Ayurveda, ancient yet timeless, gives you the means of attaining and maintaining your own optimal health and well-being. The benefits of Ayurvedic medicine have been proven over centuries of use, and its methodologies are as applicable today in the West as they were thousands of years ago in India.
Ayurveda is the traditional healing modality of the Vedic culture from India. It is said to be 2000 to 5000 years old, meaning it has stood the test of time. Ayurveda is a Sanskrit word that literally translates as “the wisdom of life” or “the knowledge of longevity”. In accordance with this definition, Ayurvedic medicine views health as much more than the absence of disease. The wise seers and sages of the time, intuitively understanding the physiology and workings of the mind-body-spirit long before the advents of modern medicine, explained the basic principles of Ayurveda
Basic Principles of Ayurveda
While Ayurvedic principles can be used to explain the complexity of not only health but also the world around us, there are several simple basics that become the building blocks for everything else:
- Ayurveda’s fundamental approach to well-being is that you must reach your unique state of balance in your whole being—body, mind, and spirit.
- Ayurveda views the world in light of 3 constitutional principles: vata, pitta, and kapha. These are explained in more detail below.
- The first line of defense in combating imbalances is to remove the cause of the problem. If the trouble-maker is out of the picture, the body starts being able to heal itself. For example, if pollutants are bothering your nasal passages and sinuses, rinse them out with a traditional Ayurvedic remedy, the netipot.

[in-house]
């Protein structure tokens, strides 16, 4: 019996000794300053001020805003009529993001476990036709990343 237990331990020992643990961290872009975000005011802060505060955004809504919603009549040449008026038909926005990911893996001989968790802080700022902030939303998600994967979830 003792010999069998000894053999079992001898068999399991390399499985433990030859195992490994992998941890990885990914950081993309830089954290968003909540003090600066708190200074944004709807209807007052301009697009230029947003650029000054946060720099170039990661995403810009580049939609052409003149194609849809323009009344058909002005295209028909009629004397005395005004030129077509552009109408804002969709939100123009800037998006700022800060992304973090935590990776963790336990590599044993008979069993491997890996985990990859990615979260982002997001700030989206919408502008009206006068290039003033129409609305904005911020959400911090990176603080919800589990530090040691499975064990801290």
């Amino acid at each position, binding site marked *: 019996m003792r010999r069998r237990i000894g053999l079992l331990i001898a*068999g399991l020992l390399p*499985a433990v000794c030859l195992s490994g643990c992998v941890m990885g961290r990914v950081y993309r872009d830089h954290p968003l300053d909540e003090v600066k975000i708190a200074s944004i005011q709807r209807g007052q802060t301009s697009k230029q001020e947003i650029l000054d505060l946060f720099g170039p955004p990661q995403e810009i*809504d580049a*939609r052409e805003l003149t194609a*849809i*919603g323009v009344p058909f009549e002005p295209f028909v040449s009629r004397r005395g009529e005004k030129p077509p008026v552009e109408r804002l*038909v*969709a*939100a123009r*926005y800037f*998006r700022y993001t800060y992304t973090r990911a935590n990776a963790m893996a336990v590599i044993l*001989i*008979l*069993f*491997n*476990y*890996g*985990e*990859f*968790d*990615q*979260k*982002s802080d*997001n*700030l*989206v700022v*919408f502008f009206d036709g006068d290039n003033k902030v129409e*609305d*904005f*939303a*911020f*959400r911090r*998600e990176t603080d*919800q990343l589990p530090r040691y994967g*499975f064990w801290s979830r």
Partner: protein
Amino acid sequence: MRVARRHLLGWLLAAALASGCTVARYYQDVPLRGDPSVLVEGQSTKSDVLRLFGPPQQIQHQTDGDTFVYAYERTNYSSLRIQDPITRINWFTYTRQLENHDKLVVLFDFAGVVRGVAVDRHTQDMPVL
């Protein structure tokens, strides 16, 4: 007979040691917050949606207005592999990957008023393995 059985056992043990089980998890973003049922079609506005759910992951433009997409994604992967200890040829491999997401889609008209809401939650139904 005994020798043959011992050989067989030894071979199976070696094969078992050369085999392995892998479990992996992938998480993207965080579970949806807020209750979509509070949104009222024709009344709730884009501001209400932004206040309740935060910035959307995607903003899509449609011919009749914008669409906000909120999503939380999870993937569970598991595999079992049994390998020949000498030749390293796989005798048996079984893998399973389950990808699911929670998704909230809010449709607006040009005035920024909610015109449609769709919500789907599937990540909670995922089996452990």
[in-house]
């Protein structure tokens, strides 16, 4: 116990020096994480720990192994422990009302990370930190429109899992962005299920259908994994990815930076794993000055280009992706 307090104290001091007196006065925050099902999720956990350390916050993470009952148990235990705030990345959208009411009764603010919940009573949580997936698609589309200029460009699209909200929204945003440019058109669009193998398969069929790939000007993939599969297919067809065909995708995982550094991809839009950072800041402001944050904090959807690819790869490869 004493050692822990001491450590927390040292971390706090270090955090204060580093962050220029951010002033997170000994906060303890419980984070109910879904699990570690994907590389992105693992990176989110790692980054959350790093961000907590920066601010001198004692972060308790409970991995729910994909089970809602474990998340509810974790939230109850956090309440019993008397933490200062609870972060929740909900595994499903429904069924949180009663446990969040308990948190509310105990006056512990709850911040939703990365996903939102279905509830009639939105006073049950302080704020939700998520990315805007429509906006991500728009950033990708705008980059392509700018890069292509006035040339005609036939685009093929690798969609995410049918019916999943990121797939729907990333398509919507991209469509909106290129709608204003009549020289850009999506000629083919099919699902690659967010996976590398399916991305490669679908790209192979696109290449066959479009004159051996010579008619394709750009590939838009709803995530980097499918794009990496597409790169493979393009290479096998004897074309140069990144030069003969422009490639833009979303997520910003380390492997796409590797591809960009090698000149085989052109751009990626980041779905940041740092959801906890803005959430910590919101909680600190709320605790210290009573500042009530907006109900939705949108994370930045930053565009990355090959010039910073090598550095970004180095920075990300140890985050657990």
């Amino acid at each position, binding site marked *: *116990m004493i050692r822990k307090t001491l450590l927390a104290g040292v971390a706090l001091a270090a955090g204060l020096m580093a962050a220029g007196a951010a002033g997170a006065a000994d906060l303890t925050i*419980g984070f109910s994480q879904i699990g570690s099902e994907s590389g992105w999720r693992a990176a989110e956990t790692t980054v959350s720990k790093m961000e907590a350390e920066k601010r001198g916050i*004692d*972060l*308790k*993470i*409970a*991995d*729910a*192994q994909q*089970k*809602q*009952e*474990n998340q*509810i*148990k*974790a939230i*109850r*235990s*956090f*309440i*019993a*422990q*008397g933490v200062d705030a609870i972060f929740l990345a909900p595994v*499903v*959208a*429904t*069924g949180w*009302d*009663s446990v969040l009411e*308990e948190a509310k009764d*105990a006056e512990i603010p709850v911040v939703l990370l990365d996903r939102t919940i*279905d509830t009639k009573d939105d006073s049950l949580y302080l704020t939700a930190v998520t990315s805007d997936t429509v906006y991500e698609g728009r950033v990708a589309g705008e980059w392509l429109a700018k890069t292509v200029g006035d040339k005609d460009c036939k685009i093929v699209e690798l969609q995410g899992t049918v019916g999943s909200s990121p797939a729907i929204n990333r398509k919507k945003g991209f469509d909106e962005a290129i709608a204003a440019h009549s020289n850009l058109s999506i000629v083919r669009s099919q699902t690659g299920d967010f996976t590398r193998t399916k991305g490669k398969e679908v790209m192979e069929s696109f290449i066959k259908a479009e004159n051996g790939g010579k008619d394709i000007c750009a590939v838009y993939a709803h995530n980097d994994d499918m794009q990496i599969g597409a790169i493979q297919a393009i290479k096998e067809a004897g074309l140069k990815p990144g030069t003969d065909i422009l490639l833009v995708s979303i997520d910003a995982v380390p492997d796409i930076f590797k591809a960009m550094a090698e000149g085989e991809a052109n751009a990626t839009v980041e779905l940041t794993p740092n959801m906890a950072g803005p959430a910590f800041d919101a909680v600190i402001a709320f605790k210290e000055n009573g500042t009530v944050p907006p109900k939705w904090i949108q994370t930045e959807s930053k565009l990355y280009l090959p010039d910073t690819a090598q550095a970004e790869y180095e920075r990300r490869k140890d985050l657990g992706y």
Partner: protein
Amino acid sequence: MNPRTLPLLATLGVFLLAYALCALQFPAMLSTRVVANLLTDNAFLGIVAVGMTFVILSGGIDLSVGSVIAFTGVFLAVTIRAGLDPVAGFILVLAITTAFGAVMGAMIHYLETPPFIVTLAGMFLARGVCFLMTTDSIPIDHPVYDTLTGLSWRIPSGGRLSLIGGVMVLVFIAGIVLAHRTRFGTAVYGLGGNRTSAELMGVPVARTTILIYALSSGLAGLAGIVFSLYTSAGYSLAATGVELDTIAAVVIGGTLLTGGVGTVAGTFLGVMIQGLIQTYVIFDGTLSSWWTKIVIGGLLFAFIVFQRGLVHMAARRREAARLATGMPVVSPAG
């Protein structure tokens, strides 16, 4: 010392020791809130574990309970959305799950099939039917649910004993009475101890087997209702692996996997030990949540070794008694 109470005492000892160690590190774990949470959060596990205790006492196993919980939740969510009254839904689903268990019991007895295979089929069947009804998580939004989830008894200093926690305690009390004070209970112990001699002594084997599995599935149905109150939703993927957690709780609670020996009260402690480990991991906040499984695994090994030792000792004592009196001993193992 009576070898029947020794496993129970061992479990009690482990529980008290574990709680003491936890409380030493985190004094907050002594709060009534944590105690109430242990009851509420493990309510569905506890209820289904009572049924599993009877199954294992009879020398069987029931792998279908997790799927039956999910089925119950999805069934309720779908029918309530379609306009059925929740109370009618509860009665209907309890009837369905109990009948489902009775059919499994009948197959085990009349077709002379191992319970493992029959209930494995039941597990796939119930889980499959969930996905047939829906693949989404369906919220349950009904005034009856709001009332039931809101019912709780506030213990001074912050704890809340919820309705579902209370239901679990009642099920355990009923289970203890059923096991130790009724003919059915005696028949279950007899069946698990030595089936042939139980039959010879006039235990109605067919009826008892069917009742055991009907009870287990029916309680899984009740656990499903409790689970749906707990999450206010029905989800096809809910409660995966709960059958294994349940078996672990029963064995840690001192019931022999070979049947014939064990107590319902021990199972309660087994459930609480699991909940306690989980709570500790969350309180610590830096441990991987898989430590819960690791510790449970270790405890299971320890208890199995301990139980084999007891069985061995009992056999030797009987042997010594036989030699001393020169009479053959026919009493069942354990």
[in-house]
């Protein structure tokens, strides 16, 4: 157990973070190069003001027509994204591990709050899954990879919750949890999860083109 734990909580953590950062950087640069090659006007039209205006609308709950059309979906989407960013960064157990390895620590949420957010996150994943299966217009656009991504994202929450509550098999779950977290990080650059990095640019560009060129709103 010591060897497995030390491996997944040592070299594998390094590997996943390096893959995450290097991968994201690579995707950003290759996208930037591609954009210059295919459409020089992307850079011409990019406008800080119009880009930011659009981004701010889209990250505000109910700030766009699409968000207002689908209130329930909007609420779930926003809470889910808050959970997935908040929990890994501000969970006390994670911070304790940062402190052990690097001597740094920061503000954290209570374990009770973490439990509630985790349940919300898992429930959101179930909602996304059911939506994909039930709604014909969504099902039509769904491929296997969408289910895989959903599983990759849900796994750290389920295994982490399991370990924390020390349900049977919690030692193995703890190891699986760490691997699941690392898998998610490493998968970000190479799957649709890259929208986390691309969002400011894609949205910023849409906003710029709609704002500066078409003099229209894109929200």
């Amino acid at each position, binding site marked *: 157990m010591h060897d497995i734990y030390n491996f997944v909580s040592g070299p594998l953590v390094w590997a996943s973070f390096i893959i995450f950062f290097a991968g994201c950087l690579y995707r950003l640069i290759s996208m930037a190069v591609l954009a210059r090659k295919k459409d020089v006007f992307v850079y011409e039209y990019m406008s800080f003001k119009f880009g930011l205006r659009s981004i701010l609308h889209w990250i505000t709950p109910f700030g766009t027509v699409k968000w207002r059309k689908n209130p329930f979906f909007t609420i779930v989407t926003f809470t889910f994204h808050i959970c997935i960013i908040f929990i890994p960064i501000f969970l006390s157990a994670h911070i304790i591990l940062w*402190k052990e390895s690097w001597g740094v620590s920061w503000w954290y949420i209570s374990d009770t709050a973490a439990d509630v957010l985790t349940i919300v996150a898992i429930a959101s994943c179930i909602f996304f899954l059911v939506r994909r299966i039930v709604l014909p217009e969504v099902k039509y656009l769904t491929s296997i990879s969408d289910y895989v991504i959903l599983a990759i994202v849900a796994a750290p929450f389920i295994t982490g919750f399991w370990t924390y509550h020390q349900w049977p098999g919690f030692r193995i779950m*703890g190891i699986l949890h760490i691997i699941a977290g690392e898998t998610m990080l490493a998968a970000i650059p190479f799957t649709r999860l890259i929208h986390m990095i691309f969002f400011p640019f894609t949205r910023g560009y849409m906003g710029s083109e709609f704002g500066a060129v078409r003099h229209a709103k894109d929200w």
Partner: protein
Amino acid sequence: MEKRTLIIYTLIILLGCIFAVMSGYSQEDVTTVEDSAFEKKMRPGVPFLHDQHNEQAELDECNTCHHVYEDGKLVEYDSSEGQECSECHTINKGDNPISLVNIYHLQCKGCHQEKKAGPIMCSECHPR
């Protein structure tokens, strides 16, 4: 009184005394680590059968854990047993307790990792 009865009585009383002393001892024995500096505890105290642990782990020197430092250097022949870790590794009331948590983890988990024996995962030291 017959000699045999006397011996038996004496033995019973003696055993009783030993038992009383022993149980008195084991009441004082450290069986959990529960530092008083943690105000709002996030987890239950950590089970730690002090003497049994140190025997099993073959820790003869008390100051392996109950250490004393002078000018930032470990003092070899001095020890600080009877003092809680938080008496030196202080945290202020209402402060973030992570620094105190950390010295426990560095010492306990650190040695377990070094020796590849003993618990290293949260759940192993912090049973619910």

- If there are any lingering imbalances after removing the inciting cause, then bring balance by using opposites. For example, the Ayurvedic remedy to excess heat is to use something cooling. So for excess heat or acidity in the digestive system, you could use cooling and soothing herbs like Shatavari.
- Always support the digestive fire, so that nutrition can be absorbed and waste materials can be eliminated.
Composed of air and space, vata is dry, light, cold, rough, subtle/pervasive, mobile, and clear. As such, vata regulates the principle of movement. Any bodily motion—chewing, swallowing, nerve impulses, breathing, muscle movements, thinking, peristalsis, bowel movements, urination, menstruation—requires balanced vata. When vata is out of balance, any number of these movements may be deleteriously affected.
Pitta brings forth the qualities of fire and water. It is sharp, penetrating, hot, light, liquid, mobile, and oily. Pitta’s domain is the principal of transformation. Just as fire transforms anything it touches, pitta is in play any time the body converts or processes something. So pitta oversees digestion, metabolism, temperature maintenance, sensory perception, and comprehension. Imbalanced pitta can lead to sharpness and inflammation in these areas in particular.
Kapha, composed of earth and water, is heavy, cold, dull, oily, smooth, dense, soft, static, liquid, cloudy, hard, and gross (in the sense of dense or thick). As kapha governs stability and structure, it forms the substance of the human body, from the skeleton to various organs to the fatty molecules (lipids) that support the body. An excess of kapha leads to an overabundance of density, heaviness, and excess in the body.